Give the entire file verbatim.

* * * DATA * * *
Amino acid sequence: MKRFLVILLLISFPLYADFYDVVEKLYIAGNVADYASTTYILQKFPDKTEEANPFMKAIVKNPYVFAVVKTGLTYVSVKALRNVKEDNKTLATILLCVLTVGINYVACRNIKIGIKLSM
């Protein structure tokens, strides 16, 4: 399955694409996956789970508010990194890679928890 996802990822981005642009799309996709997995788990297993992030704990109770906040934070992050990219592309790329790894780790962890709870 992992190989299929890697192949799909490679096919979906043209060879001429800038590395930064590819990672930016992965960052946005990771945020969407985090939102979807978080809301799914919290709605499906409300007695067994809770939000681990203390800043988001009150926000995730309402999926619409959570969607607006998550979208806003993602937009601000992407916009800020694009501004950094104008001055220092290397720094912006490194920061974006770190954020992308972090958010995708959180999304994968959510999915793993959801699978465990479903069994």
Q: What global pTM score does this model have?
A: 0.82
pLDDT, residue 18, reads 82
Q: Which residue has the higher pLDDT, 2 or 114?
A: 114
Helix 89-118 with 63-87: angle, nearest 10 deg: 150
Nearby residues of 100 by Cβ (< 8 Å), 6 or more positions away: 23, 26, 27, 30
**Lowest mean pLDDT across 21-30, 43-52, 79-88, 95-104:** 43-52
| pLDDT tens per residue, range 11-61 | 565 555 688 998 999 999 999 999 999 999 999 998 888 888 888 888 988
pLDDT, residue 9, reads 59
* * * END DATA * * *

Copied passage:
Amino acid sequence: MKRFLVILLLISFPLYADFYDVVEKLYIAGNVADYASTTYILQKFPDKTEEANPFMKAIVKNPYVFAVVKTGLTYVSVKALRNVKEDNKTLATILLCVLTVGINYVACRNIKIGIKLSM
């Protein structure tokens, strides 16, 4: 399955694409996956789970508010990194890679928890 996802990822981005642009799309996709997995788990297993992030704990109770906040934070992050990219592309790329790894780790962890709870 992992190989299929890697192949799909490679096919979906043209060879001429800038590395930064590819990672930016992965960052946005990771945020969407985090939102979807978080809301799914919290709605499906409300007695067994809770939000681990203390800043988001009150926000995730309402999926619409959570969607607006998550979208806003993602937009601000992407916009800020694009501004950094104008001055220092290397720094912006490194920061974006770190954020992308972090958010995708959180999304994968959510999915793993959801699978465990479903069994």
Q: What global pTM score does this model have?
A: 0.82
pLDDT, residue 18, reads 82
Q: Which residue has the higher pLDDT, 2 or 114?
A: 114
Helix 89-118 with 63-87: angle, nearest 10 deg: 150
Nearby residues of 100 by Cβ (< 8 Å), 6 or more positions away: 23, 26, 27, 30
**Lowest mean pLDDT across 21-30, 43-52, 79-88, 95-104:** 43-52
| pLDDT tens per residue, range 11-61 | 565 555 688 998 999 999 999 999 999 999 999 998 888 888 888 888 988
pLDDT, residue 9, reads 59